Navigations is looking out for our fans to join us! us today

Google Search


Wednesday, September 12, 2007

ACCC in court over Google search results

Digg! Slashdot It! Internet goliath Google claims to rank search results by relevance, but the search engine engages in deceptive conduct by selling off the top positions to commercial partners, a Sydney court has heard. The Australian Consumer and Competition Commission (ACCC) is taking world-first legal action in the Federal Court against Google Inc over allegedly deceptive conduct related to sponsored links on its websites. The ACCC has brought a two-pronged case against Trading Post and Google - including subsidiaries Google Australia and Google Ireland - for potentially misleading consumers. The consumer watchdog alleges Google does not do enough to differentiate "organic" search results - those ranked by relevance - from sponsored links which appear at the top of the results page. In particular, the ACCC claims Trading Post breached the Trade Practices Act in 2005 when it used the names of NSW car dealerships Kloster Ford and Charlestown Toyota as hyperlinks to its own site. These hyperlinks appeared in a shaded area titled "Sponsored Links" at the top of the results page, but appeared to be the dealerships' official sites, or at least affiliated with the dealerships. Christine Adamson SC, acting for the ACCC, said Trading Post had no such affiliation or link to either dealership. The ACCC has previously said these dealerships compete with Trading Post for local car sales. Trading Post chose the dealership names through AdWords, a Google commercial program that sets up hyperlinks. AdWords linked any search on the dealerships' names to the Trading Post site through a link embedded in the search results. Trading Post then paid Google "per click", Ms Adamson said. "That's how we found out about it," she told Justice Jim Allsop. "Kloster Ford was so outraged by the conduct that they contacted the (consumer) advocate." The second thrust of the case concerned Google Inc's encouragement of this deceptive conduct by allowing sponsored sites to appear at the top of the list of search results, and in the same format as the organic search results, Ms Adamson said. "Google represents to the world that its search engine is so good that it can rank, out of the multitudinous entries of the world wide web, these entries in order of relevance of the user's query," she said. "Part of that (reputation is) that it's not influenced by money, it's influenced by relevance." Justice Allsop asked: "And that's misleading because there would be results put at the top which are placed there not by reference to relevance but because people have paid to have that?" "Yes," Ms Adamson agreed. Google's counsel Anthony Bannon SC successfully argued for orders that the ACCC file summaries of its case against each of the parties, with Justice Allsop labelling its current claim "opaque and repetitious". The judge also adjourned the ACCC's notice of motion to serve outside the jurisdiction, pending clarification on the precise involvement of Google Australia and Google Ireland. Mr Bannon argued the case should only be brought against Google Inc, and not its subsidiaries, with the joining of foreign parties bringing the complications of foreign laws. Justice Allsop adjourned the case for further directions in the same court on October 4. Google Australia spokesman Rob Shilkin later said the company remained committed to providing relevant information to search engine users. "From the outset, we have said this case is wrongly based and we're now making our arguments to the court," Mr Shilkin said. Surf the web faster with Mozilla FireFox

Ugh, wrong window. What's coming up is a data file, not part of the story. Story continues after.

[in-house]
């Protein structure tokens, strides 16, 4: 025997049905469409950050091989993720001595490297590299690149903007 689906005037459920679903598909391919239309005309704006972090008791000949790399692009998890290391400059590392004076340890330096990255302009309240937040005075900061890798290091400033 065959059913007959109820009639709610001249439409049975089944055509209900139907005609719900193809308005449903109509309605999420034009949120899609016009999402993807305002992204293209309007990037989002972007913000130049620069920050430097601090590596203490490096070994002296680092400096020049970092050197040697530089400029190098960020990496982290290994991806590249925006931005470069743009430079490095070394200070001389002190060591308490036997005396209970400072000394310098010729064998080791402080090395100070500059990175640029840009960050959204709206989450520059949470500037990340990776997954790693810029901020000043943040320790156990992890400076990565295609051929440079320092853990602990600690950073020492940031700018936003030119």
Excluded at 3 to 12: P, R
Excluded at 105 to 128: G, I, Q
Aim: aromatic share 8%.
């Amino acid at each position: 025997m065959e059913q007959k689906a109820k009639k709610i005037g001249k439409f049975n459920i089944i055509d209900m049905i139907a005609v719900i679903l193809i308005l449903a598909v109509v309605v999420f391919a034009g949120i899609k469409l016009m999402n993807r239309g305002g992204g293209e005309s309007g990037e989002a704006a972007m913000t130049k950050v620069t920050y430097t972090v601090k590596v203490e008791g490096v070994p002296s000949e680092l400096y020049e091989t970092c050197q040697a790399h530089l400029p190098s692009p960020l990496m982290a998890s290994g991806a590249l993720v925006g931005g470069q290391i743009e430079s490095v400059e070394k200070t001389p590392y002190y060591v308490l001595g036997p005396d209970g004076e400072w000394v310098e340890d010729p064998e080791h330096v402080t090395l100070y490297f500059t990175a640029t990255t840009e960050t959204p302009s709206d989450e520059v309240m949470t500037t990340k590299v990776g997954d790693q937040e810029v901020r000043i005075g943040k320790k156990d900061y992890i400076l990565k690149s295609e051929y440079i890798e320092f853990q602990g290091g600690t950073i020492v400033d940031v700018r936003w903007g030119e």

No comments: